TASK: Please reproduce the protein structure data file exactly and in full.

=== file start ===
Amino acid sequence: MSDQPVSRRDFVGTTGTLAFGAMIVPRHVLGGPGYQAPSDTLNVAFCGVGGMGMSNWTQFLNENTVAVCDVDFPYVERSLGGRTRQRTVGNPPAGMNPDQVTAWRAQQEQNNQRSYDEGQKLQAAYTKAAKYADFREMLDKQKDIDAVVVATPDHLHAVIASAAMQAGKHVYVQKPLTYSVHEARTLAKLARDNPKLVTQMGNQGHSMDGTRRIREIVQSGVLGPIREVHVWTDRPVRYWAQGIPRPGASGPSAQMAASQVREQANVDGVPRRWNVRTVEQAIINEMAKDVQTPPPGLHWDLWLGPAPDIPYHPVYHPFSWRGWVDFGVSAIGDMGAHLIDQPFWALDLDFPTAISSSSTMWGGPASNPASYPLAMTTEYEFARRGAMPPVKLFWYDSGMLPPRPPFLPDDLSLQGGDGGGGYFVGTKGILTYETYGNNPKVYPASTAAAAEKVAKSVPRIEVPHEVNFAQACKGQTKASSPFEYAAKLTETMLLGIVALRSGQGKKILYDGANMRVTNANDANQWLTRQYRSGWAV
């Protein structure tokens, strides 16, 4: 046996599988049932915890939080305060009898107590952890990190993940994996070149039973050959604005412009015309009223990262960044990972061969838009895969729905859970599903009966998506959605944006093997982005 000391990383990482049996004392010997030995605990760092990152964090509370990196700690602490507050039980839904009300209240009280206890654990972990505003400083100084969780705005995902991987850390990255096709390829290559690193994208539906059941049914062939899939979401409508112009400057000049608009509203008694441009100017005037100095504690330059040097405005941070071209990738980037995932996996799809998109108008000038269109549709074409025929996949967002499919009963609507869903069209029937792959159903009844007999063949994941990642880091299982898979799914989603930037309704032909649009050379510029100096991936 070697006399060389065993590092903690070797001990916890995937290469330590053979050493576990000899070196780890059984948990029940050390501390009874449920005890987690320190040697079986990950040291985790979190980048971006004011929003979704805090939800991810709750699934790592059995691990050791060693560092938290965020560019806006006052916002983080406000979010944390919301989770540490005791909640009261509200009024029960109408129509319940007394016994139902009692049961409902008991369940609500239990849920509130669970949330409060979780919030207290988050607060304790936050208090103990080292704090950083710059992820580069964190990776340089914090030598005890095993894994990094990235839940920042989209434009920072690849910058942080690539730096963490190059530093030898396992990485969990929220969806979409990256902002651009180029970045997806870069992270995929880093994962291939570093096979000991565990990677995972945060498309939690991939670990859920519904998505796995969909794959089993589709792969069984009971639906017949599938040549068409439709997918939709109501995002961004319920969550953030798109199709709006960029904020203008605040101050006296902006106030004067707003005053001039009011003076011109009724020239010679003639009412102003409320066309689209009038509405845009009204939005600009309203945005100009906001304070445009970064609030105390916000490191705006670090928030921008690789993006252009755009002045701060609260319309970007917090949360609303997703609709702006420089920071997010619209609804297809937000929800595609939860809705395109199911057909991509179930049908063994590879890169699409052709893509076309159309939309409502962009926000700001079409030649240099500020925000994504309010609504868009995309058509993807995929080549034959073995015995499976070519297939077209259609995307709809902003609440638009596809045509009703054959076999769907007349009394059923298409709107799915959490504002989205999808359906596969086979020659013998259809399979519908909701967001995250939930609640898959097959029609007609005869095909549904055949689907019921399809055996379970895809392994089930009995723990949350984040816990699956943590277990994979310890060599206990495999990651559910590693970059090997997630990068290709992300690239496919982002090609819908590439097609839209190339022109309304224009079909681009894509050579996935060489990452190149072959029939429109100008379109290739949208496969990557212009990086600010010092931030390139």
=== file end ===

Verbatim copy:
Amino acid sequence: MSDQPVSRRDFVGTTGTLAFGAMIVPRHVLGGPGYQAPSDTLNVAFCGVGGMGMSNWTQFLNENTVAVCDVDFPYVERSLGGRTRQRTVGNPPAGMNPDQVTAWRAQQEQNNQRSYDEGQKLQAAYTKAAKYADFREMLDKQKDIDAVVVATPDHLHAVIASAAMQAGKHVYVQKPLTYSVHEARTLAKLARDNPKLVTQMGNQGHSMDGTRRIREIVQSGVLGPIREVHVWTDRPVRYWAQGIPRPGASGPSAQMAASQVREQANVDGVPRRWNVRTVEQAIINEMAKDVQTPPPGLHWDLWLGPAPDIPYHPVYHPFSWRGWVDFGVSAIGDMGAHLIDQPFWALDLDFPTAISSSSTMWGGPASNPASYPLAMTTEYEFARRGAMPPVKLFWYDSGMLPPRPPFLPDDLSLQGGDGGGGYFVGTKGILTYETYGNNPKVYPASTAAAAEKVAKSVPRIEVPHEVNFAQACKGQTKASSPFEYAAKLTETMLLGIVALRSGQGKKILYDGANMRVTNANDANQWLTRQYRSGWAV
């Protein structure tokens, strides 16, 4: 046996599988049932915890939080305060009898107590952890990190993940994996070149039973050959604005412009015309009223990262960044990972061969838009895969729905859970599903009966998506959605944006093997982005 000391990383990482049996004392010997030995605990760092990152964090509370990196700690602490507050039980839904009300209240009280206890654990972990505003400083100084969780705005995902991987850390990255096709390829290559690193994208539906059941049914062939899939979401409508112009400057000049608009509203008694441009100017005037100095504690330059040097405005941070071209990738980037995932996996799809998109108008000038269109549709074409025929996949967002499919009963609507869903069209029937792959159903009844007999063949994941990642880091299982898979799914989603930037309704032909649009050379510029100096991936 070697006399060389065993590092903690070797001990916890995937290469330590053979050493576990000899070196780890059984948990029940050390501390009874449920005890987690320190040697079986990950040291985790979190980048971006004011929003979704805090939800991810709750699934790592059995691990050791060693560092938290965020560019806006006052916002983080406000979010944390919301989770540490005791909640009261509200009024029960109408129509319940007394016994139902009692049961409902008991369940609500239990849920509130669970949330409060979780919030207290988050607060304790936050208090103990080292704090950083710059992820580069964190990776340089914090030598005890095993894994990094990235839940920042989209434009920072690849910058942080690539730096963490190059530093030898396992990485969990929220969806979409990256902002651009180029970045997806870069992270995929880093994962291939570093096979000991565990990677995972945060498309939690991939670990859920519904998505796995969909794959089993589709792969069984009971639906017949599938040549068409439709997918939709109501995002961004319920969550953030798109199709709006960029904020203008605040101050006296902006106030004067707003005053001039009011003076011109009724020239010679003639009412102003409320066309689209009038509405845009009204939005600009309203945005100009906001304070445009970064609030105390916000490191705006670090928030921008690789993006252009755009002045701060609260319309970007917090949360609303997703609709702006420089920071997010619209609804297809937000929800595609939860809705395109199911057909991509179930049908063994590879890169699409052709893509076309159309939309409502962009926000700001079409030649240099500020925000994504309010609504868009995309058509993807995929080549034959073995015995499976070519297939077209259609995307709809902003609440638009596809045509009703054959076999769907007349009394059923298409709107799915959490504002989205999808359906596969086979020659013998259809399979519908909701967001995250939930609640898959097959029609007609005869095909549904055949689907019921399809055996379970895809392994089930009995723990949350984040816990699956943590277990994979310890060599206990495999990651559910590693970059090997997630990068290709992300690239496919982002090609819908590439097609839209190339022109309304224009079909681009894509050579996935060489990452190149072959029939429109100008379109290739949208496969990557212009990086600010010092931030390139």